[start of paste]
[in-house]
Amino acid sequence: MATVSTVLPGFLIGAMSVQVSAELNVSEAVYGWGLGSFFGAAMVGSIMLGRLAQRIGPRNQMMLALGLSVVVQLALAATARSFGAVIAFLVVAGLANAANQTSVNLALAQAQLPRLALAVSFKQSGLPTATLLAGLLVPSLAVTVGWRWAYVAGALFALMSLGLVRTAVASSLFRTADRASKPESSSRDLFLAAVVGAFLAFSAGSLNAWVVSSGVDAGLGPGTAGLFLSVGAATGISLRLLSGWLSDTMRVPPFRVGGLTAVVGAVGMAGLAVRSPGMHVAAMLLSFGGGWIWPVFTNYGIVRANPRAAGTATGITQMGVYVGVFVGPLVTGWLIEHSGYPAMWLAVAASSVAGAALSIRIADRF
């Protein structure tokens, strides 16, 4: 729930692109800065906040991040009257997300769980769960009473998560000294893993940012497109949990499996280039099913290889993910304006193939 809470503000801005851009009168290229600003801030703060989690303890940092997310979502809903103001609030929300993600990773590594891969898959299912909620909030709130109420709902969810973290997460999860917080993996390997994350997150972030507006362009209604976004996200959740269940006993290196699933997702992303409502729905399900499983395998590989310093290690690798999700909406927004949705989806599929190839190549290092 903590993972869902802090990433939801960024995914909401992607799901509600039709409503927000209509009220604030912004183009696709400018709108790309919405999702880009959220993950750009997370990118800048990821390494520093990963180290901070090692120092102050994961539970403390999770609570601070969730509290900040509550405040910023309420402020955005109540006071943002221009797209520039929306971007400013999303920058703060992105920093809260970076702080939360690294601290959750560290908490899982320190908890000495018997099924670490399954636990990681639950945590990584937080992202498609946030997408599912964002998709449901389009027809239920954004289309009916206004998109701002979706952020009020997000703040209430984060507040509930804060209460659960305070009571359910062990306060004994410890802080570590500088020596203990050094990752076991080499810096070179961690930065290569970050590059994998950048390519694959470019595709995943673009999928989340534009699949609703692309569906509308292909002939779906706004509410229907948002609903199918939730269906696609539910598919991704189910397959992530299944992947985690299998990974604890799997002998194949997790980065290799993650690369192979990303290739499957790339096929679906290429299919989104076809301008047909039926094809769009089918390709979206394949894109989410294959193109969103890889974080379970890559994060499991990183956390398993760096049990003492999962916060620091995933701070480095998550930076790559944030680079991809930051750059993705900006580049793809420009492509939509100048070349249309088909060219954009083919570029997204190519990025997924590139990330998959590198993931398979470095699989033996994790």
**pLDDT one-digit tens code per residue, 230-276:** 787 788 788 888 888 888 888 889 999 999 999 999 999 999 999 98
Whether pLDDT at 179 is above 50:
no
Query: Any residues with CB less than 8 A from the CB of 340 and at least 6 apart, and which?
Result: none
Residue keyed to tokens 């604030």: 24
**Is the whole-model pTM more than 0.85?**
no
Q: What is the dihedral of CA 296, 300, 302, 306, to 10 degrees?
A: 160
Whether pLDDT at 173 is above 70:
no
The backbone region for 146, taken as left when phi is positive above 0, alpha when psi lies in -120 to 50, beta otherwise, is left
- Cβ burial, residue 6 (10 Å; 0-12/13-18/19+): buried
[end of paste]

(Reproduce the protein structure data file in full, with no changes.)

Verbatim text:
[in-house]
Amino acid sequence: MATVSTVLPGFLIGAMSVQVSAELNVSEAVYGWGLGSFFGAAMVGSIMLGRLAQRIGPRNQMMLALGLSVVVQLALAATARSFGAVIAFLVVAGLANAANQTSVNLALAQAQLPRLALAVSFKQSGLPTATLLAGLLVPSLAVTVGWRWAYVAGALFALMSLGLVRTAVASSLFRTADRASKPESSSRDLFLAAVVGAFLAFSAGSLNAWVVSSGVDAGLGPGTAGLFLSVGAATGISLRLLSGWLSDTMRVPPFRVGGLTAVVGAVGMAGLAVRSPGMHVAAMLLSFGGGWIWPVFTNYGIVRANPRAAGTATGITQMGVYVGVFVGPLVTGWLIEHSGYPAMWLAVAASSVAGAALSIRIADRF
């Protein structure tokens, strides 16, 4: 729930692109800065906040991040009257997300769980769960009473998560000294893993940012497109949990499996280039099913290889993910304006193939 809470503000801005851009009168290229600003801030703060989690303890940092997310979502809903103001609030929300993600990773590594891969898959299912909620909030709130109420709902969810973290997460999860917080993996390997994350997150972030507006362009209604976004996200959740269940006993290196699933997702992303409502729905399900499983395998590989310093290690690798999700909406927004949705989806599929190839190549290092 903590993972869902802090990433939801960024995914909401992607799901509600039709409503927000209509009220604030912004183009696709400018709108790309919405999702880009959220993950750009997370990118800048990821390494520093990963180290901070090692120092102050994961539970403390999770609570601070969730509290900040509550405040910023309420402020955005109540006071943002221009797209520039929306971007400013999303920058703060992105920093809260970076702080939360690294601290959750560290908490899982320190908890000495018997099924670490399954636990990681639950945590990584937080992202498609946030997408599912964002998709449901389009027809239920954004289309009916206004998109701002979706952020009020997000703040209430984060507040509930804060209460659960305070009571359910062990306060004994410890802080570590500088020596203990050094990752076991080499810096070179961690930065290569970050590059994998950048390519694959470019595709995943673009999928989340534009699949609703692309569906509308292909002939779906706004509410229907948002609903199918939730269906696609539910598919991704189910397959992530299944992947985690299998990974604890799997002998194949997790980065290799993650690369192979990303290739499957790339096929679906290429299919989104076809301008047909039926094809769009089918390709979206394949894109989410294959193109969103890889974080379970890559994060499991990183956390398993760096049990003492999962916060620091995933701070480095998550930076790559944030680079991809930051750059993705900006580049793809420009492509939509100048070349249309088909060219954009083919570029997204190519990025997924590139990330998959590198993931398979470095699989033996994790």
**pLDDT one-digit tens code per residue, 230-276:** 787 788 788 888 888 888 888 889 999 999 999 999 999 999 999 98
Whether pLDDT at 179 is above 50:
no
Query: Any residues with CB less than 8 A from the CB of 340 and at least 6 apart, and which?
Result: none
Residue keyed to tokens 């604030």: 24
**Is the whole-model pTM more than 0.85?**
no
Q: What is the dihedral of CA 296, 300, 302, 306, to 10 degrees?
A: 160
Whether pLDDT at 173 is above 70:
no
The backbone region for 146, taken as left when phi is positive above 0, alpha when psi lies in -120 to 50, beta otherwise, is left
- Cβ burial, residue 6 (10 Å; 0-12/13-18/19+): buried